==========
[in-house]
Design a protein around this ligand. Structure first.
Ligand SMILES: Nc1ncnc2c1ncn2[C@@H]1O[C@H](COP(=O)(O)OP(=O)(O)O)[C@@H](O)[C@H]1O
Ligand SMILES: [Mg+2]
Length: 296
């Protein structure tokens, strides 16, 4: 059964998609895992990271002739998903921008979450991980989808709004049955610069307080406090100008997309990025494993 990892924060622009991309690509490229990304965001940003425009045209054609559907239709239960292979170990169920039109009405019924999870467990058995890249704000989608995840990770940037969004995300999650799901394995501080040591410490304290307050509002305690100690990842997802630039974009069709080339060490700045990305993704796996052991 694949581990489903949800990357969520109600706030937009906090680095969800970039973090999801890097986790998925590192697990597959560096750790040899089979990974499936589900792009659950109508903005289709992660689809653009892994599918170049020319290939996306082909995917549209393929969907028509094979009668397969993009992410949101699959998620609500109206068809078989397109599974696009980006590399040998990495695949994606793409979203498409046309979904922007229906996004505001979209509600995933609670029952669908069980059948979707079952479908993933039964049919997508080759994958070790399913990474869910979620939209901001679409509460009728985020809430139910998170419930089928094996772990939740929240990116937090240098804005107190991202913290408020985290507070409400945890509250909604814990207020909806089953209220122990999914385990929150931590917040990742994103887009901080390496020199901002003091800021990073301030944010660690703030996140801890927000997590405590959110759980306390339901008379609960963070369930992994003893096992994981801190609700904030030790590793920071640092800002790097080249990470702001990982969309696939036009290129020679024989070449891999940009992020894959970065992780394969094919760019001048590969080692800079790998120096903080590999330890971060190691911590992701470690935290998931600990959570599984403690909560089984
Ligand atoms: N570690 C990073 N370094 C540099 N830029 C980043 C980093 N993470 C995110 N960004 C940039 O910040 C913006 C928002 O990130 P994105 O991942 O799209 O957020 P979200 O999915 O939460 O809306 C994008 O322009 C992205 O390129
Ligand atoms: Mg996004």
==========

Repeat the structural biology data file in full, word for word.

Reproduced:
[in-house]
Design a protein around this ligand. Structure first.
Ligand SMILES: Nc1ncnc2c1ncn2[C@@H]1O[C@H](COP(=O)(O)OP(=O)(O)O)[C@@H](O)[C@H]1O
Ligand SMILES: [Mg+2]
Length: 296
């Protein structure tokens, strides 16, 4: 059964998609895992990271002739998903921008979450991980989808709004049955610069307080406090100008997309990025494993 990892924060622009991309690509490229990304965001940003425009045209054609559907239709239960292979170990169920039109009405019924999870467990058995890249704000989608995840990770940037969004995300999650799901394995501080040591410490304290307050509002305690100690990842997802630039974009069709080339060490700045990305993704796996052991 694949581990489903949800990357969520109600706030937009906090680095969800970039973090999801890097986790998925590192697990597959560096750790040899089979990974499936589900792009659950109508903005289709992660689809653009892994599918170049020319290939996306082909995917549209393929969907028509094979009668397969993009992410949101699959998620609500109206068809078989397109599974696009980006590399040998990495695949994606793409979203498409046309979904922007229906996004505001979209509600995933609670029952669908069980059948979707079952479908993933039964049919997508080759994958070790399913990474869910979620939209901001679409509460009728985020809430139910998170419930089928094996772990939740929240990116937090240098804005107190991202913290408020985290507070409400945890509250909604814990207020909806089953209220122990999914385990929150931590917040990742994103887009901080390496020199901002003091800021990073301030944010660690703030996140801890927000997590405590959110759980306390339901008379609960963070369930992994003893096992994981801190609700904030030790590793920071640092800002790097080249990470702001990982969309696939036009290129020679024989070449891999940009992020894959970065992780394969094919760019001048590969080692800079790998120096903080590999330890971060190691911590992701470690935290998931600990959570599984403690909560089984
Ligand atoms: N570690 C990073 N370094 C540099 N830029 C980043 C980093 N993470 C995110 N960004 C940039 O910040 C913006 C928002 O990130 P994105 O991942 O799209 O957020 P979200 O999915 O939460 O809306 C994008 O322009 C992205 O390129
Ligand atoms: Mg996004």